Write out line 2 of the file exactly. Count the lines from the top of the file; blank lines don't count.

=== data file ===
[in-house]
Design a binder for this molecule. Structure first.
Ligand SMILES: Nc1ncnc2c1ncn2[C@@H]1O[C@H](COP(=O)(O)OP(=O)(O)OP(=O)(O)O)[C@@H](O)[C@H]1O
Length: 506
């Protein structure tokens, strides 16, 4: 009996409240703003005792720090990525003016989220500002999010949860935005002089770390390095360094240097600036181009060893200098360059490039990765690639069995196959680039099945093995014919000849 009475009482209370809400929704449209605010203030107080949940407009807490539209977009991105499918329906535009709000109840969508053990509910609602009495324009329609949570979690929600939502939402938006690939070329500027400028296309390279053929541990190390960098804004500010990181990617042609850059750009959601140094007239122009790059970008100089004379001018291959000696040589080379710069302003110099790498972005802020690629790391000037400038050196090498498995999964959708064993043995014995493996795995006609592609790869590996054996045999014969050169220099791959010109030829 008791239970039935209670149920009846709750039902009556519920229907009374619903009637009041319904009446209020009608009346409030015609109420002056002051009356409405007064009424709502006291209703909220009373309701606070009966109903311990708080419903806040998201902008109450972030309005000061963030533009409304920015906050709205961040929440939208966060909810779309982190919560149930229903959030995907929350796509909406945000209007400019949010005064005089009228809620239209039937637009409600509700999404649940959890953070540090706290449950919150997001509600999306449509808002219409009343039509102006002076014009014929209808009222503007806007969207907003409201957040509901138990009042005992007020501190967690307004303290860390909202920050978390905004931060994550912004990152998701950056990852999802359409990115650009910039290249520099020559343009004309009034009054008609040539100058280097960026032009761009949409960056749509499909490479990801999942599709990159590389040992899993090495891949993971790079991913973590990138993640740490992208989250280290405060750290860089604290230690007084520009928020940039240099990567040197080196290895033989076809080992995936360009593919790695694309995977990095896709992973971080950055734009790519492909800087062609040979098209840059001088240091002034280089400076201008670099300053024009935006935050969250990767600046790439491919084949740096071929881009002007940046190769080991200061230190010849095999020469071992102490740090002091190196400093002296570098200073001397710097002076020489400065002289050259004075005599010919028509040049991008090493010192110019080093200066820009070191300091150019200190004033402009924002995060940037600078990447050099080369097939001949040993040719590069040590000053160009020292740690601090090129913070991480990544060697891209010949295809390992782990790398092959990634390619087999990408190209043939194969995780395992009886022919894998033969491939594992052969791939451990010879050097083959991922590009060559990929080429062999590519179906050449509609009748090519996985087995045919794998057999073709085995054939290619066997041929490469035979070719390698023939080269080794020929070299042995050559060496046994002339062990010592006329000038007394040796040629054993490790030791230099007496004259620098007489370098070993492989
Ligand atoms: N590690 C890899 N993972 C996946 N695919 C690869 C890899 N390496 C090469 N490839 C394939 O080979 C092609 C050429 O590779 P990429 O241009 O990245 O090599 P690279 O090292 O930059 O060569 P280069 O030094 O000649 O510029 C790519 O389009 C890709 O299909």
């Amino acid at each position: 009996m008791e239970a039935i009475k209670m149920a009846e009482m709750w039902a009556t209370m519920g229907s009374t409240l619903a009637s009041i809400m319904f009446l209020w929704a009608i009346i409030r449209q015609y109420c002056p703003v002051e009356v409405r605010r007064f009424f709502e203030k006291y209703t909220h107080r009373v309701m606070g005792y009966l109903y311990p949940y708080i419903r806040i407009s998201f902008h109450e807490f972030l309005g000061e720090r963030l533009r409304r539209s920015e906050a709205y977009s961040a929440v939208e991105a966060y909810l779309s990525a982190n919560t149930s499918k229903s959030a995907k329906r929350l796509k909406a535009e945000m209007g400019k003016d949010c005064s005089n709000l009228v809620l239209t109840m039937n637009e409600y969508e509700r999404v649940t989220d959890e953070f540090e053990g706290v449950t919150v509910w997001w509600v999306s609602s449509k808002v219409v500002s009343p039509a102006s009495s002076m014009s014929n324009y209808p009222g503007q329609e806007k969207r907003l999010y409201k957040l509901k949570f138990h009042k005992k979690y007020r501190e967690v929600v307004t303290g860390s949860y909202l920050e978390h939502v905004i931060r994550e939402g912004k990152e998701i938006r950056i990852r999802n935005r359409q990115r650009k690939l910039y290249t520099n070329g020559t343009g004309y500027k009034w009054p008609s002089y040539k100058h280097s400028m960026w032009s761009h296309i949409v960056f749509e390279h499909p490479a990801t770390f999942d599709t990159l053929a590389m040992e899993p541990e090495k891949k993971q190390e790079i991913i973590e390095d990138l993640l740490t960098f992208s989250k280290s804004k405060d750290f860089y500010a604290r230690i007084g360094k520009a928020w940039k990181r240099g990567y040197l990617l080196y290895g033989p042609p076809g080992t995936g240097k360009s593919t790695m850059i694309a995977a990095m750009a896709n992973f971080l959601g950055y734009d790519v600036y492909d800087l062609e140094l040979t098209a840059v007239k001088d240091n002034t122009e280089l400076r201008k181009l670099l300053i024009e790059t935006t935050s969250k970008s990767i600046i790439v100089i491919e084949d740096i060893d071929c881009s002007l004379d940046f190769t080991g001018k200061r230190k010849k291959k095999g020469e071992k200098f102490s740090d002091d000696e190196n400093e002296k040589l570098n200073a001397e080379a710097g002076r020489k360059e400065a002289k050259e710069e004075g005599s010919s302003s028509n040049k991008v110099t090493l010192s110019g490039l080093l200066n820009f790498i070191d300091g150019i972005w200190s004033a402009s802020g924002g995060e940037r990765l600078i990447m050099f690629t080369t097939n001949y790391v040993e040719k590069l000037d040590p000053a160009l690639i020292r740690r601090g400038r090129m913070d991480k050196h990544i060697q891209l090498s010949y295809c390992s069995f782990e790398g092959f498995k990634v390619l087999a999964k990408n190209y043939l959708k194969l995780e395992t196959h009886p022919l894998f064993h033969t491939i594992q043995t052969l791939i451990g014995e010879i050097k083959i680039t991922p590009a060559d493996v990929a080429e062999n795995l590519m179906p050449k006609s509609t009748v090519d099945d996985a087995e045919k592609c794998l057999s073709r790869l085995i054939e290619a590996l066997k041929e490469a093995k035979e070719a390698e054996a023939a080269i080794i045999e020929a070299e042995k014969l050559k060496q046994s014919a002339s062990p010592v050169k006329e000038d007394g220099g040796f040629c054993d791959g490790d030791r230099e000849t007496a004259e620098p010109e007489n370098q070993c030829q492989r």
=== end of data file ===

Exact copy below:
Design a binder for this molecule. Structure first.